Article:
Retchael Aton, Executive Assistant, Vidart & Life


The person who has influenced my success is Vida de Oliver. I work for her as her Executive Assistant although I work from home. I take care of her emails and manage her website - pretty much everything admin is mine. We've been together for more than 2 years and I cannot thank her enough for giving me this opportunity. I am working with a stay-at-home mom with kids, just like me! She has been very patient in sharing her expertise with me and I feel like she entrusts me tasks that she knows I can excel at. I am also responsible for blogs on her website as a contributor and just recently she has trusted me to manage her social media accounts. She believed in me more than I believed in myself and that has made all the difference. I am now more confident in performing the tasks and I am also more comfortable getting more clients. I am now more confident with my skills because of her. She has mentored me and molded me to what and where I am right now. And for that, I will forever be grateful.



Sadie Higgins, Founder & CEO, Gleam


I worked in a coffee shop after my first real job out of college to take some time to foster my passions-- to truly live the starving artist life. I had a regular customer who would come in first thing to get her daily dose of caffeine and we would chat in between customers. One day, she asked me what I was doing working in a coffee shop and I told her that I was a starving artist-- that I was honing my craft (yes, I’m rolling my eyes as I write this). She told me she wanted to give me a job that actually paid some bills so I could be a properly fed artist, at least. And so I took her up on her offer. I became a receptionist at a prestigious school in the Boston area and I didn’t know it at the time, but the people I would meet there would help shape my career and life in a way I am in utter appreciation of. That woman changed my life in a way she’ll never know-- and I don’t even remember her name. Along the way, I have used my platform wherever I am at in my career to be the difference in someone’s life-- to see their potential and give them a shot and to help them see something in themselves they hadn’t noticed before. Before founding Gleam I was the small business owner of an on-site brow bar in Boston called Pluck. The majority of my time was spent working and interacting with women who had a core set of values that I deeply admired. These women wanted to look, feel, and perform at their best as much as possible (which is why they appreciated getting their brows groomed without having to leave the office, thus freeing up their time out of work to spend with their friends and family). Some of these women were high-powered lawyers, marketing execs, and CEOs of some incredible companies...really hot shit. And when they sat in my chair they shared their accomplishments and successes with confidence but they mostly talked about their families, their friends, and their travels. They were real and honest and thought that a work/life balance was bullshit because it is. No man is asked that question and no woman needs to be, either. It made me appreciate the example they were setting-- that they felt whole, even when things were temporarily broken-- and that a support system is vital to success. There isn’t one person who made a difference in my career. There are so many women whose goals and values I appreciated and continue to appreciate along the way. You may not know their names-- they’re not all showing up on Forbes lists (although some did) and that’s okay. They made a positive impact on my life by just being themselves.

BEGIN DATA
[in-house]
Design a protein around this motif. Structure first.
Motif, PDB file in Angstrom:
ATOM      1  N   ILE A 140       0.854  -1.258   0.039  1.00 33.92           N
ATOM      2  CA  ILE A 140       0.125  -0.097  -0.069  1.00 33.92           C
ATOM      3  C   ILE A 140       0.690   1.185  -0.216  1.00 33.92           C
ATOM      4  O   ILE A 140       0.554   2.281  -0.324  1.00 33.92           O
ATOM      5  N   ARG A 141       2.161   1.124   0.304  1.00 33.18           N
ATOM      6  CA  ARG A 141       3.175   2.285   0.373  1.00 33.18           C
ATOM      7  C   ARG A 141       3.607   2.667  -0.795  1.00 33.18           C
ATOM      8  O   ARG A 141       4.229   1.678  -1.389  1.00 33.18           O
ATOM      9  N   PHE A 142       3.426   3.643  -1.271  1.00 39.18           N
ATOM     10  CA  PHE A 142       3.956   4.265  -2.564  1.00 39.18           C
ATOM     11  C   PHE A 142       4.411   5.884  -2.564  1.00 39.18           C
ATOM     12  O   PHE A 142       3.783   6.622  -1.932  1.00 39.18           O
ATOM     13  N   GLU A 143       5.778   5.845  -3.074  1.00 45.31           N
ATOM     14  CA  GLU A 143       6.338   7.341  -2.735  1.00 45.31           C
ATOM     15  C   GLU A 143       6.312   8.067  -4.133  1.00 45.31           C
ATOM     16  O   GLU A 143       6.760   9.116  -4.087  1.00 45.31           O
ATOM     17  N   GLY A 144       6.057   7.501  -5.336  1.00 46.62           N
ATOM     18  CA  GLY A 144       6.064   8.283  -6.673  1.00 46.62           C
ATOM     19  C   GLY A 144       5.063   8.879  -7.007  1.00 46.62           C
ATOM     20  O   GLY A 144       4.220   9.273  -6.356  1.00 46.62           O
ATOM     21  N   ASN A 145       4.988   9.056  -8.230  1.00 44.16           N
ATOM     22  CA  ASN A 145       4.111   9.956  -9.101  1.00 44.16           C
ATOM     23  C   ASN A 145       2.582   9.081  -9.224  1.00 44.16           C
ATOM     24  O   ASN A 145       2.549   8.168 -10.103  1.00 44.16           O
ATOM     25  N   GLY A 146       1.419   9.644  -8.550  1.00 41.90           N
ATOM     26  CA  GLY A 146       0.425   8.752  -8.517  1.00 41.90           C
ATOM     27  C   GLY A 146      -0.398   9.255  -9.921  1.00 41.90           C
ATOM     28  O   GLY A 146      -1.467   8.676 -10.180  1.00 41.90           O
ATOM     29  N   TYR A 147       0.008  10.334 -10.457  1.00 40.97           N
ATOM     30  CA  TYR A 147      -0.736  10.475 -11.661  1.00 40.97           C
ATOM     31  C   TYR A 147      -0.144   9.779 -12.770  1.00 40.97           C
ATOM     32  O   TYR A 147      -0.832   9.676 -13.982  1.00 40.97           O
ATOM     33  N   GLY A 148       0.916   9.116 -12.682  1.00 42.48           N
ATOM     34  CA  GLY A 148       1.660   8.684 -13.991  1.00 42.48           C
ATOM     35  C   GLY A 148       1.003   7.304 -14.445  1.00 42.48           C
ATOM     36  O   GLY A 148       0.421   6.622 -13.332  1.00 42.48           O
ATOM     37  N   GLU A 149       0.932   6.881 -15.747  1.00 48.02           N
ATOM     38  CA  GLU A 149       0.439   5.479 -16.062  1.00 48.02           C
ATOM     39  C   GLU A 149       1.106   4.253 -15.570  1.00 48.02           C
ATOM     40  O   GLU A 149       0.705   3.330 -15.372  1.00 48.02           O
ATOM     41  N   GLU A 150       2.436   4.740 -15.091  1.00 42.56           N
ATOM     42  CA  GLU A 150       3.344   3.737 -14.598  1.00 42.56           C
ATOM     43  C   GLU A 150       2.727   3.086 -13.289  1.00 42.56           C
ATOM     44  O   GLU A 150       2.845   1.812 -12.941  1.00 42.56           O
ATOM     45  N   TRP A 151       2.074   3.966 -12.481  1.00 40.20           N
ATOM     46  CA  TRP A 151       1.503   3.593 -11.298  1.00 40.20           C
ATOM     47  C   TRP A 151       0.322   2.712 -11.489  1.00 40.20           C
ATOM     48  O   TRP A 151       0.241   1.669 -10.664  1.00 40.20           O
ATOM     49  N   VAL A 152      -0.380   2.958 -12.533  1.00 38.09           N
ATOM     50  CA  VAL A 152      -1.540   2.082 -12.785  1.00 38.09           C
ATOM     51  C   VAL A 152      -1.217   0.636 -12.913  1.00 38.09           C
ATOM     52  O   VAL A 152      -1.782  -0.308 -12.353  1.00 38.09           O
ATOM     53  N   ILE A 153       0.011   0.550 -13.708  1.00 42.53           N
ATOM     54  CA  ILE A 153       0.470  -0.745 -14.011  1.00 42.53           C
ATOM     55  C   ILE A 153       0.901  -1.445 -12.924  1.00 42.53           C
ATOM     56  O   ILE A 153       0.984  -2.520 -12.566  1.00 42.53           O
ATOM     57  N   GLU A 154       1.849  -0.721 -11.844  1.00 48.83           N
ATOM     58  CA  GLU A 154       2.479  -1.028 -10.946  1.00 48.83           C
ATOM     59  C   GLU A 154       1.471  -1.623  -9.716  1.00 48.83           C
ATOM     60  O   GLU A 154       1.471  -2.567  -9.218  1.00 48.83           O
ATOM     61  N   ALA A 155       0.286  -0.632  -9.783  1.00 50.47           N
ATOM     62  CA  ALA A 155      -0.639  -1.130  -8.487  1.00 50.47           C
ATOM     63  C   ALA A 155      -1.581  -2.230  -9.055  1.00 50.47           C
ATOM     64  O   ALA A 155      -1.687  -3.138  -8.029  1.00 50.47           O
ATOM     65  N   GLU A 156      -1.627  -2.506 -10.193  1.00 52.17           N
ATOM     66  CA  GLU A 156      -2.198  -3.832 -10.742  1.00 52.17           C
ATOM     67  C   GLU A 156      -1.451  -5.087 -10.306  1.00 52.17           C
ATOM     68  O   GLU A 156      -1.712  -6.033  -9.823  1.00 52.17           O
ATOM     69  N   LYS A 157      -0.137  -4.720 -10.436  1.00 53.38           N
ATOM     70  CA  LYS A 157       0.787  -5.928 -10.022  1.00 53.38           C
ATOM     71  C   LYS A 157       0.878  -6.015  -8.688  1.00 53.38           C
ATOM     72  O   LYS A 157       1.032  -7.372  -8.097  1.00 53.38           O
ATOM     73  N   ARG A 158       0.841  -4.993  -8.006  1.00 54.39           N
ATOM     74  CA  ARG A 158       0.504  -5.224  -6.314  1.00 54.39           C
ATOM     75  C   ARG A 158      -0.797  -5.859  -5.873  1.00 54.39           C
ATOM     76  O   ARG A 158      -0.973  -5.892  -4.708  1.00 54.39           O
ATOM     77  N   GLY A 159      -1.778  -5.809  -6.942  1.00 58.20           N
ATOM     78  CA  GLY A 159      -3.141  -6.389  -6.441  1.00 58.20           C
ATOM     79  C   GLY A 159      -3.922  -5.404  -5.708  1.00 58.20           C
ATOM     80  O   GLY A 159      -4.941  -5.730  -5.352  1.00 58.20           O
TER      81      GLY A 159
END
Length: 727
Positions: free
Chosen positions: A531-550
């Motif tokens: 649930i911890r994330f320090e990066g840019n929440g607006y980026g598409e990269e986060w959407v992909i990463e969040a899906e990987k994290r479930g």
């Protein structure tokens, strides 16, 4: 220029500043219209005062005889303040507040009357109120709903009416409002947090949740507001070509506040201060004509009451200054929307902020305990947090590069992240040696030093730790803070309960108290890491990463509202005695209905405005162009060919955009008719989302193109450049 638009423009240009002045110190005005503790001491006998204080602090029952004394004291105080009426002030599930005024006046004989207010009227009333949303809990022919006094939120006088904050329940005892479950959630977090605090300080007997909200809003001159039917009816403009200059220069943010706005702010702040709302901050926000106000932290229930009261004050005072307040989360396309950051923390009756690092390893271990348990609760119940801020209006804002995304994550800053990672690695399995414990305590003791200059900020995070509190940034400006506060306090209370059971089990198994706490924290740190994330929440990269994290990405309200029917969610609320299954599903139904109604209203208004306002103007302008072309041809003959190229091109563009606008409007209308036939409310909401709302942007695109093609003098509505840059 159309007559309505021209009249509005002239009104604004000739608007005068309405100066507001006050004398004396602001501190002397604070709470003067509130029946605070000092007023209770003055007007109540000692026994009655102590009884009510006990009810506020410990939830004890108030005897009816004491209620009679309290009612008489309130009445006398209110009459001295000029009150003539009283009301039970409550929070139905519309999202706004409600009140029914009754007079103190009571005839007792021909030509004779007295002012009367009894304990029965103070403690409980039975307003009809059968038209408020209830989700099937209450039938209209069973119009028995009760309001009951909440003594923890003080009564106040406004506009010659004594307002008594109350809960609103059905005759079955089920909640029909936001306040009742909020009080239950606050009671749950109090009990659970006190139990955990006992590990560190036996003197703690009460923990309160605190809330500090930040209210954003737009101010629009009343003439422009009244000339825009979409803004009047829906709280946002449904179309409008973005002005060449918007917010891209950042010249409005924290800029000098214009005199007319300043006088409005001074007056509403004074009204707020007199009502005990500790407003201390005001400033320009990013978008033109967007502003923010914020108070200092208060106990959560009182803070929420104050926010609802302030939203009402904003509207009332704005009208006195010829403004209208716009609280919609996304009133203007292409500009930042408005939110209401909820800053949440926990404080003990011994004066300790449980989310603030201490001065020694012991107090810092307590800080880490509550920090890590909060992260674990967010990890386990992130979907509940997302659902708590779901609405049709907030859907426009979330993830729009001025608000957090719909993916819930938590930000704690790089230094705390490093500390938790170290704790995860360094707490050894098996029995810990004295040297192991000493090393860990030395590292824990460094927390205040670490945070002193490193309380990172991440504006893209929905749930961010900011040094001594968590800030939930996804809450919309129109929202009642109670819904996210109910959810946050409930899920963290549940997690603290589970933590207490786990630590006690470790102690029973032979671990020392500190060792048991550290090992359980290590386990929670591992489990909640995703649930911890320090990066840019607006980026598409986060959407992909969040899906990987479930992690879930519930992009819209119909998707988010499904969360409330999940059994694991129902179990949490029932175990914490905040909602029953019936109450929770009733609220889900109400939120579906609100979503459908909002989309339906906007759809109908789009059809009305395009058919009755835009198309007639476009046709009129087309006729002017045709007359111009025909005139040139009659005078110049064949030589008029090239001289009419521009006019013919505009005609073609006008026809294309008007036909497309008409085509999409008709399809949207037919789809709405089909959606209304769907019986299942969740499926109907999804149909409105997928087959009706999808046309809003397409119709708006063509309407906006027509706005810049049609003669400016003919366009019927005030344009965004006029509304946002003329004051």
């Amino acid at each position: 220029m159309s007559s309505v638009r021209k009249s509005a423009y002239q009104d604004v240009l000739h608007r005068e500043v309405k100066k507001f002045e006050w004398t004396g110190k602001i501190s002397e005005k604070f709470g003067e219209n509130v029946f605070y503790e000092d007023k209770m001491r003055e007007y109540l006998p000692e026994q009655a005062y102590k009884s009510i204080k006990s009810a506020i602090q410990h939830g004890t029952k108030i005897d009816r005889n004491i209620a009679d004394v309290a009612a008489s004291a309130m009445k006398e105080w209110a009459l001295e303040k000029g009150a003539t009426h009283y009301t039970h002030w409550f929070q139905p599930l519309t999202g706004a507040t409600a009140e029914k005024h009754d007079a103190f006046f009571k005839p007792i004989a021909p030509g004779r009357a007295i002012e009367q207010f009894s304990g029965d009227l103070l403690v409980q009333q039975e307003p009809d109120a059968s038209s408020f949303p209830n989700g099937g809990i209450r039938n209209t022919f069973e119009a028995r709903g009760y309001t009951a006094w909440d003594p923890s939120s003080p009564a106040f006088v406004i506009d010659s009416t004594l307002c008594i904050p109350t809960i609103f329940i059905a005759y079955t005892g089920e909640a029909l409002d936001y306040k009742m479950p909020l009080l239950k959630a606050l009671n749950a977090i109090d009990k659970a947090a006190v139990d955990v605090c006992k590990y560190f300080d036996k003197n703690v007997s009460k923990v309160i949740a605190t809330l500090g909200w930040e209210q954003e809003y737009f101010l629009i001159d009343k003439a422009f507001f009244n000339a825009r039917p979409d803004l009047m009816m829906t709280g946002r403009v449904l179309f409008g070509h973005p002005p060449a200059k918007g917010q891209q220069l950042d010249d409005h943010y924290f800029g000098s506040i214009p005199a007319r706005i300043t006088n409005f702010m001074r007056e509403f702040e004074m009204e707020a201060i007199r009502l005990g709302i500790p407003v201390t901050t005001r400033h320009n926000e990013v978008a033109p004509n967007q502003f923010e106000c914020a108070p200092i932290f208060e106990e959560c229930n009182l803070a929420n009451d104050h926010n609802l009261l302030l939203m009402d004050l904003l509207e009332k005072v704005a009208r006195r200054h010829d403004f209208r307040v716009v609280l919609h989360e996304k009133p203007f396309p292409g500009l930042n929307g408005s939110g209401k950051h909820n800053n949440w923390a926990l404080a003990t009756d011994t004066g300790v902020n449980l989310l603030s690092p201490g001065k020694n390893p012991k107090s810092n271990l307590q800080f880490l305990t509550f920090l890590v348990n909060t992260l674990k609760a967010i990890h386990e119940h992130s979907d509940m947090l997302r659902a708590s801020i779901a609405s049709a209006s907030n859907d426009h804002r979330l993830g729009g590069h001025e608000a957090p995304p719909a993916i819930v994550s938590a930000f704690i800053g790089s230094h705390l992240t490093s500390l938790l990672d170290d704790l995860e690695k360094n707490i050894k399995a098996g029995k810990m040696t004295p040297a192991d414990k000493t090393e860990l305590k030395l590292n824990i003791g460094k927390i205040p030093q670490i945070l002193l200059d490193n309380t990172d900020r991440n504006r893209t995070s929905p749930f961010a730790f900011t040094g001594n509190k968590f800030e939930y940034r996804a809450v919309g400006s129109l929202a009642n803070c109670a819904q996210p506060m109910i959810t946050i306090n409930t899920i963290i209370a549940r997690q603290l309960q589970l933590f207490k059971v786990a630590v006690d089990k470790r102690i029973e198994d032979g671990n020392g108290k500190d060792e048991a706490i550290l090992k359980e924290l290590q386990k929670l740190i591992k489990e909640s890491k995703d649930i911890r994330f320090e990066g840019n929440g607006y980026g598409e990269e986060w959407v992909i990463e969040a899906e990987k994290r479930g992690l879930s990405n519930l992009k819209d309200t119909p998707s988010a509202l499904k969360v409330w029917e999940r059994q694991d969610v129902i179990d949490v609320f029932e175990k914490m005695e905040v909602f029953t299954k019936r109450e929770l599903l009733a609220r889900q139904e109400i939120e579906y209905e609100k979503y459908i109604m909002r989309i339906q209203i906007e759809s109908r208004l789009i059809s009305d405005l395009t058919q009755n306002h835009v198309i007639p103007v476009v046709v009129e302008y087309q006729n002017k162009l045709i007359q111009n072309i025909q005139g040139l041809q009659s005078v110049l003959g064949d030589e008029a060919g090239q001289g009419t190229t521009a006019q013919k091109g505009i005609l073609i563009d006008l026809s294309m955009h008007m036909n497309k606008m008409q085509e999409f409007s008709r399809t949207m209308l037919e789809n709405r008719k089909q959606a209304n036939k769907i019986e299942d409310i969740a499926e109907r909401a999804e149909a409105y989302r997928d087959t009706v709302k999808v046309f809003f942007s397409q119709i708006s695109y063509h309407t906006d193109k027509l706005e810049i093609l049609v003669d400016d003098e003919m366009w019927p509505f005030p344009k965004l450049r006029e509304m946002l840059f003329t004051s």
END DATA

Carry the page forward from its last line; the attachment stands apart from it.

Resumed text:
Patricia Werner, Owner/Presentation Designer , Patricia Werner Designs